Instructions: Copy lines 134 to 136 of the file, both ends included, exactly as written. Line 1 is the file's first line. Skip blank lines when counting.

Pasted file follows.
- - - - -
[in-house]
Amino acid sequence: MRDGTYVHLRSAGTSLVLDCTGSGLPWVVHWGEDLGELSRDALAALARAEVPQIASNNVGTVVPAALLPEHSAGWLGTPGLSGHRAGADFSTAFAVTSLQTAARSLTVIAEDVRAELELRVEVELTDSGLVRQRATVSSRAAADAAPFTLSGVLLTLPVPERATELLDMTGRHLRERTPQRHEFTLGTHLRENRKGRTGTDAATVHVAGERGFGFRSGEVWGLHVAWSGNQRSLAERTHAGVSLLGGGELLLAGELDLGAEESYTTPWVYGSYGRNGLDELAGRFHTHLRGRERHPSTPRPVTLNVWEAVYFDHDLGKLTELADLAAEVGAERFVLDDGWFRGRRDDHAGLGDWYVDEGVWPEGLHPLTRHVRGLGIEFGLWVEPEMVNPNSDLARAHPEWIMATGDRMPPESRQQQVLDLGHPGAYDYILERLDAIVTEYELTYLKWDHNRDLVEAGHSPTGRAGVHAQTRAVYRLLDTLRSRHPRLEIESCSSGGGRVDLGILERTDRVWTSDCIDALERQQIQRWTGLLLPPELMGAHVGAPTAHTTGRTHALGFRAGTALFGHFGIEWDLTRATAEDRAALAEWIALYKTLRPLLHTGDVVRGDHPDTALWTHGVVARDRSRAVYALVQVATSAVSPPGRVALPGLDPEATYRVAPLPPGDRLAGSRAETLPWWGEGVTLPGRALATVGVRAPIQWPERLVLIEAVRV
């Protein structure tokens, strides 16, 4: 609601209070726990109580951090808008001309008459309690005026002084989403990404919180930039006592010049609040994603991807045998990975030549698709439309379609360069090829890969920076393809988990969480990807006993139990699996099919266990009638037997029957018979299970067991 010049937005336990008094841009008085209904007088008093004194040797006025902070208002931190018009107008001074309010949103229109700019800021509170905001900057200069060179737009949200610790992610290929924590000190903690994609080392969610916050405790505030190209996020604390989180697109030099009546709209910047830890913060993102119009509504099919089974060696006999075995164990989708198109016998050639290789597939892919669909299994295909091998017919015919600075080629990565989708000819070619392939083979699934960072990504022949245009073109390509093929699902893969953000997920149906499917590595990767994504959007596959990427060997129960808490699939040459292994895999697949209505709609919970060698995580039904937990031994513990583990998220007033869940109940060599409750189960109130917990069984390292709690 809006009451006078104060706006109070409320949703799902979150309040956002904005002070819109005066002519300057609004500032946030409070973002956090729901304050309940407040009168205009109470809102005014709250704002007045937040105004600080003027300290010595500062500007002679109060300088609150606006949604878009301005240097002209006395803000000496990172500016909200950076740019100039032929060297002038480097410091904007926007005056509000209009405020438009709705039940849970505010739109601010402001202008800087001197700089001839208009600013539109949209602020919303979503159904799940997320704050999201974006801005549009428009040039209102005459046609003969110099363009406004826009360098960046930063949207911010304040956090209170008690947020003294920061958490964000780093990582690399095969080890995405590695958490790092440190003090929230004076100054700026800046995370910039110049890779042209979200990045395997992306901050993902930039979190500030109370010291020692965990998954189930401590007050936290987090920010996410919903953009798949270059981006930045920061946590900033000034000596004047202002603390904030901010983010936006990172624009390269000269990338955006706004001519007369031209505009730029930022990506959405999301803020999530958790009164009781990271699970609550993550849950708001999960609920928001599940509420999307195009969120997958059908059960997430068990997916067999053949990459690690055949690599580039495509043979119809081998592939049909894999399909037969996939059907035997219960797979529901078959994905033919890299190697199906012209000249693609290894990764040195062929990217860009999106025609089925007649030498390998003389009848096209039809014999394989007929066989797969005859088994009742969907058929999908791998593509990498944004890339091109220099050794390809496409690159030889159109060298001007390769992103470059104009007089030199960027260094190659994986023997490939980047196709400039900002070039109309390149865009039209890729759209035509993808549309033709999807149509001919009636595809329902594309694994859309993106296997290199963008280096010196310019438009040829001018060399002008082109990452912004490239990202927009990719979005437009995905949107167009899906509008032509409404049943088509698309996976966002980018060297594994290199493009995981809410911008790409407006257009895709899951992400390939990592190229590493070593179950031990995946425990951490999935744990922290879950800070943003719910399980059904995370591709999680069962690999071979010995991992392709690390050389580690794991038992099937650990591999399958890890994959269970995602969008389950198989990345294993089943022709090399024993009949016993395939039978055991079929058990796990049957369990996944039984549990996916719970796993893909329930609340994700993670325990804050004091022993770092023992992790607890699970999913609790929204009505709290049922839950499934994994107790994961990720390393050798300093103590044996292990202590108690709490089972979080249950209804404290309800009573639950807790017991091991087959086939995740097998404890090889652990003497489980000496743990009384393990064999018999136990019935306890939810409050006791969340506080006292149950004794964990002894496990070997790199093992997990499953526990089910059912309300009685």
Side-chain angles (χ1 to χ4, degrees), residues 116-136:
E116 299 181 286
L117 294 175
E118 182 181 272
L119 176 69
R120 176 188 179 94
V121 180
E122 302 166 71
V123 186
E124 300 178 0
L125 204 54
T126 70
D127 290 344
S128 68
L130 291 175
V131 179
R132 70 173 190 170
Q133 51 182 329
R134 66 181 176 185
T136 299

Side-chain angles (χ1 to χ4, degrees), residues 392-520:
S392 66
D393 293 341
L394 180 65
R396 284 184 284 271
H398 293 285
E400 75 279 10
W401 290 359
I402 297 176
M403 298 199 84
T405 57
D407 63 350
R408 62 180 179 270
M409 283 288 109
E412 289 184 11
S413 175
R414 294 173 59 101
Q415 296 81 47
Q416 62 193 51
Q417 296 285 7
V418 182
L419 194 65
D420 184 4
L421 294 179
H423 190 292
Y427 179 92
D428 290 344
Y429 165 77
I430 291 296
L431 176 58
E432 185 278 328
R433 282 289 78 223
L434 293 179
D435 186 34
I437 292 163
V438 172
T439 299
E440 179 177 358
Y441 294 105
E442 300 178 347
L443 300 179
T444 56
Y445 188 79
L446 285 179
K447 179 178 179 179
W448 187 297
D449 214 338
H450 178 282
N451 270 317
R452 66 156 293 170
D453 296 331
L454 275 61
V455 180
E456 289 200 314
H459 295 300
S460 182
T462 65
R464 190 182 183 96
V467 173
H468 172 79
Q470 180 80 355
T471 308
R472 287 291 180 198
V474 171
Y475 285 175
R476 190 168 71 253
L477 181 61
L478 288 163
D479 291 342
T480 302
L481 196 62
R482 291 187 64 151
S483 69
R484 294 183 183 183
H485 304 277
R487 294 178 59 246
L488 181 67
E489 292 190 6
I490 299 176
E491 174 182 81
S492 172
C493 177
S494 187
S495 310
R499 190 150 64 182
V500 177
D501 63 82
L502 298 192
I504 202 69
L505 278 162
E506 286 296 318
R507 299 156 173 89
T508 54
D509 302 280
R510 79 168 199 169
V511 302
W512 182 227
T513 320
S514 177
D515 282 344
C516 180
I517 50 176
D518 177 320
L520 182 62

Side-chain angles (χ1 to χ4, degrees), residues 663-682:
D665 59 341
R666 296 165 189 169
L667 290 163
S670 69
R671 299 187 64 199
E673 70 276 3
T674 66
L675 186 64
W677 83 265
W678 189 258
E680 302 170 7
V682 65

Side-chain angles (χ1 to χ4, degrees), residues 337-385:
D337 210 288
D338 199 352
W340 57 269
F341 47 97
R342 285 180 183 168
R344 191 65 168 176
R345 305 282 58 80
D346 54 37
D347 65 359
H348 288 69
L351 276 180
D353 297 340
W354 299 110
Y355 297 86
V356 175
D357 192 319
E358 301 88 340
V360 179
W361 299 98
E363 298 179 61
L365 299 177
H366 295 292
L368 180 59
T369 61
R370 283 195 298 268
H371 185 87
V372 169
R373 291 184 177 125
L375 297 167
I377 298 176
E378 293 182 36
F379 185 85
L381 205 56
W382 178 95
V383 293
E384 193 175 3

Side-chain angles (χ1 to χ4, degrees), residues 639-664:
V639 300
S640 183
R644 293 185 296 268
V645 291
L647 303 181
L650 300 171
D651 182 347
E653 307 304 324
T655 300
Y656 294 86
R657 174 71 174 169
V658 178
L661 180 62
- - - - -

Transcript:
E673 70 276 3
T674 66
L675 186 64